Below is the latest news and full Democratic results as they come in.
The Latest News:
Based on exit polls, ABC News projects that Clinton will win the Georgia Democratic primaries.
Clinton won more than 80 percent of black votes in Georgia, according to preliminary exit poll data. Nearly half of the Democratic primary voters in Georgia are black.
Liberals turned out in record numbers in Georgia, with more than 56 percent of voters polled labeling themselves as Democrat, according to preliminary exit poll data. More than half of liberals chose Clinton over Sanders.
Clinton won women by more than 2:1 ratio. Women make up about 60 percent of voters in Georgia today.
Jacquelyn Martin/AP Photo
Democratic presidential candidate Sen. Bernie Sanders speaks during a primary night rally in Essex Junction, Vt., on March 1, 2016, on Super Tuesday.more +
Based on exit polls, ABC News projects that Bernie Sanders will win the Vermont Democratic primaries.
Sanders won a whopping nine in 10 voters under the age of 45, according to preliminary exit poll data.
Four in 10 voters in Vermont were independents, the highest of any Super Tuesday state. Sanders won more than 90 percent of the independent vote.
Three-quarters of voters said empathy or honesty was their number one trait desired in a candidate. Nearly all of them voted for Sanders.
Three-quarters of voters were liberals. Nearly 9 of 10 of the liberal vote went to Sanders. Sanders also won big with moderates, taking home about 80 percent of the vote.
Today, after voting in Burlington, where he once served as mayor, Sanders got a bite to eat with his son and stopped by his headquarters to thank his staff and volunteers.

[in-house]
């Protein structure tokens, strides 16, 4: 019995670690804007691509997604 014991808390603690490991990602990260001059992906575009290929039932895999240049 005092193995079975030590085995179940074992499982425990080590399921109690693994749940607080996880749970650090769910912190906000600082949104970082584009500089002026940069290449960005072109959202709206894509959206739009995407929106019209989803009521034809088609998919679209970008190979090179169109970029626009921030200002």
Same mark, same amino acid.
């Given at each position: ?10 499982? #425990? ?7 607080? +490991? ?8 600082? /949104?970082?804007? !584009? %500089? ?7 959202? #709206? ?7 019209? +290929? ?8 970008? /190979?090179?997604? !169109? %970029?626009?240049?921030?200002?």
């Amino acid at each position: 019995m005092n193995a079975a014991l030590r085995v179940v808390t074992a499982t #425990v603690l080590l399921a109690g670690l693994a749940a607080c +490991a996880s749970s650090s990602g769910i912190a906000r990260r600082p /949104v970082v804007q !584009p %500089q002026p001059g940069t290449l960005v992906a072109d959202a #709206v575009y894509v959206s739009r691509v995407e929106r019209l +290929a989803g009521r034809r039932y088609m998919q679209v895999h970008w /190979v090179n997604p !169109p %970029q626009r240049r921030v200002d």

Based on exit polls, ABC News projects that Clinton will win the Virginia Democratic primaries.
Clinton was boosted in Virginia by strong support from women and the vast majority of voters polled who said they preferred experience in politics over an outsider.
Clinton won 2-1 among women, who made up a majority of voters in Virginia today. Her lead was much larger among non-white women, but she still carried six in 10 of votes by white women.
More than eight in 10 of voters in Virginia said they preferred someone with political experience rather than an outsider. Clinton won 7 in 10 of those votes.
One of Clinton's best groups in Virginia was seniors, who made up about a quarter of voters today. She won more than 80 percent of their votes.
Gerald Herbert/AP Photo
Democratic presidential candidate Hillary Clinton reacts to supporters as she arrives to speak at her Super Tuesday election night rally in Miami on March 1, 2016.more +
Based on exit polls, ABC News projects that Clinton will win the Alabama primary.
Clinton won nine in 10 of black Democratic voters in Alabama, who accounted for nearly half of all Democratic primary voters, according to preliminary exit poll results.
The former secretary of state also won three-quarters of women voters, who made up nearly 6 in 10 voters in Alabama.
More than eight in 10 Democratic voters in Alabama want the next president to be someone with political experience, rather than someone from outside the political establishment.
Based on exit polls, ABC News projects that Clinton will win the Tennessee primary.